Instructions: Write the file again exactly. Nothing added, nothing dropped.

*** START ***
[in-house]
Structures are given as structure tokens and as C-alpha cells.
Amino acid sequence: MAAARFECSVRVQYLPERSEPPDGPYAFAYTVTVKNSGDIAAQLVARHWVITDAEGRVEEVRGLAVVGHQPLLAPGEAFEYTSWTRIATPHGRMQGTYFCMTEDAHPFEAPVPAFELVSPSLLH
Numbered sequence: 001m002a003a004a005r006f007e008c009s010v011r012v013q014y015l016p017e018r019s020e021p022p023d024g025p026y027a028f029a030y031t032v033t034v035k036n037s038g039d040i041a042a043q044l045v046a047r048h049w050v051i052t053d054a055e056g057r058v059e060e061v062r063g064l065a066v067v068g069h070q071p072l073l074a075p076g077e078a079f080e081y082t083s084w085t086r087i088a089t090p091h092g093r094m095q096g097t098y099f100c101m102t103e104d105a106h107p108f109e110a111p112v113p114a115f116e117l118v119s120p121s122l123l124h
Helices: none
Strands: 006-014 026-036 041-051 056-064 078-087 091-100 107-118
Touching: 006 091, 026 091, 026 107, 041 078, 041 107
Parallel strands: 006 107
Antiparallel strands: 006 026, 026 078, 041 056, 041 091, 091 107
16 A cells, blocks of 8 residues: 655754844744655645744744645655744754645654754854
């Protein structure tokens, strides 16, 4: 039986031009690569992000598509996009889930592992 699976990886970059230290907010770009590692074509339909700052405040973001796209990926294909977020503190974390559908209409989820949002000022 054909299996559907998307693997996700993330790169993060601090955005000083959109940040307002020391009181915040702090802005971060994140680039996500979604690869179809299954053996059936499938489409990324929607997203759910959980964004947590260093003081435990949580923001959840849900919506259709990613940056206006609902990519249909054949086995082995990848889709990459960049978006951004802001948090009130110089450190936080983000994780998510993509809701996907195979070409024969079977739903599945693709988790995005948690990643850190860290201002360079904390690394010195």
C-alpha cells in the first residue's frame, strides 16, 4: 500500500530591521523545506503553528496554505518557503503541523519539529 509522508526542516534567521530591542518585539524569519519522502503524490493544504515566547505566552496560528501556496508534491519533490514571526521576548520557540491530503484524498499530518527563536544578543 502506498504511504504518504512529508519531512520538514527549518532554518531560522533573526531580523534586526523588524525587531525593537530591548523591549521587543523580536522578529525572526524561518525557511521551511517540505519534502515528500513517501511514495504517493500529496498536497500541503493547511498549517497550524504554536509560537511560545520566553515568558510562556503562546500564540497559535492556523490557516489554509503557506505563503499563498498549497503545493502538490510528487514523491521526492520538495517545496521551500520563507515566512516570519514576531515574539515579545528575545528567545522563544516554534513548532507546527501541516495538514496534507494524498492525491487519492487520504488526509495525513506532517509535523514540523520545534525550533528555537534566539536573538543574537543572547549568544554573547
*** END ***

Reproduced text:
[in-house]
Structures are given as structure tokens and as C-alpha cells.
Amino acid sequence: MAAARFECSVRVQYLPERSEPPDGPYAFAYTVTVKNSGDIAAQLVARHWVITDAEGRVEEVRGLAVVGHQPLLAPGEAFEYTSWTRIATPHGRMQGTYFCMTEDAHPFEAPVPAFELVSPSLLH
Numbered sequence: 001m002a003a004a005r006f007e008c009s010v011r012v013q014y015l016p017e018r019s020e021p022p023d024g025p026y027a028f029a030y031t032v033t034v035k036n037s038g039d040i041a042a043q044l045v046a047r048h049w050v051i052t053d054a055e056g057r058v059e060e061v062r063g064l065a066v067v068g069h070q071p072l073l074a075p076g077e078a079f080e081y082t083s084w085t086r087i088a089t090p091h092g093r094m095q096g097t098y099f100c101m102t103e104d105a106h107p108f109e110a111p112v113p114a115f116e117l118v119s120p121s122l123l124h
Helices: none
Strands: 006-014 026-036 041-051 056-064 078-087 091-100 107-118
Touching: 006 091, 026 091, 026 107, 041 078, 041 107
Parallel strands: 006 107
Antiparallel strands: 006 026, 026 078, 041 056, 041 091, 091 107
16 A cells, blocks of 8 residues: 655754844744655645744744645655744754645654754854
């Protein structure tokens, strides 16, 4: 039986031009690569992000598509996009889930592992 699976990886970059230290907010770009590692074509339909700052405040973001796209990926294909977020503190974390559908209409989820949002000022 054909299996559907998307693997996700993330790169993060601090955005000083959109940040307002020391009181915040702090802005971060994140680039996500979604690869179809299954053996059936499938489409990324929607997203759910959980964004947590260093003081435990949580923001959840849900919506259709990613940056206006609902990519249909054949086995082995990848889709990459960049978006951004802001948090009130110089450190936080983000994780998510993509809701996907195979070409024969079977739903599945693709988790995005948690990643850190860290201002360079904390690394010195």
C-alpha cells in the first residue's frame, strides 16, 4: 500500500530591521523545506503553528496554505518557503503541523519539529 509522508526542516534567521530591542518585539524569519519522502503524490493544504515566547505566552496560528501556496508534491519533490514571526521576548520557540491530503484524498499530518527563536544578543 502506498504511504504518504512529508519531512520538514527549518532554518531560522533573526531580523534586526523588524525587531525593537530591548523591549521587543523580536522578529525572526524561518525557511521551511517540505519534502515528500513517501511514495504517493500529496498536497500541503493547511498549517497550524504554536509560537511560545520566553515568558510562556503562546500564540497559535492556523490557516489554509503557506505563503499563498498549497503545493502538490510528487514523491521526492520538495517545496521551500520563507515566512516570519514576531515574539515579545528575545528567545522563544516554534513548532507546527501541516495538514496534507494524498492525491487519492487520504488526509495525513506532517509535523514540523520545534525550533528555537534566539536573538543574537543572547549568544554573547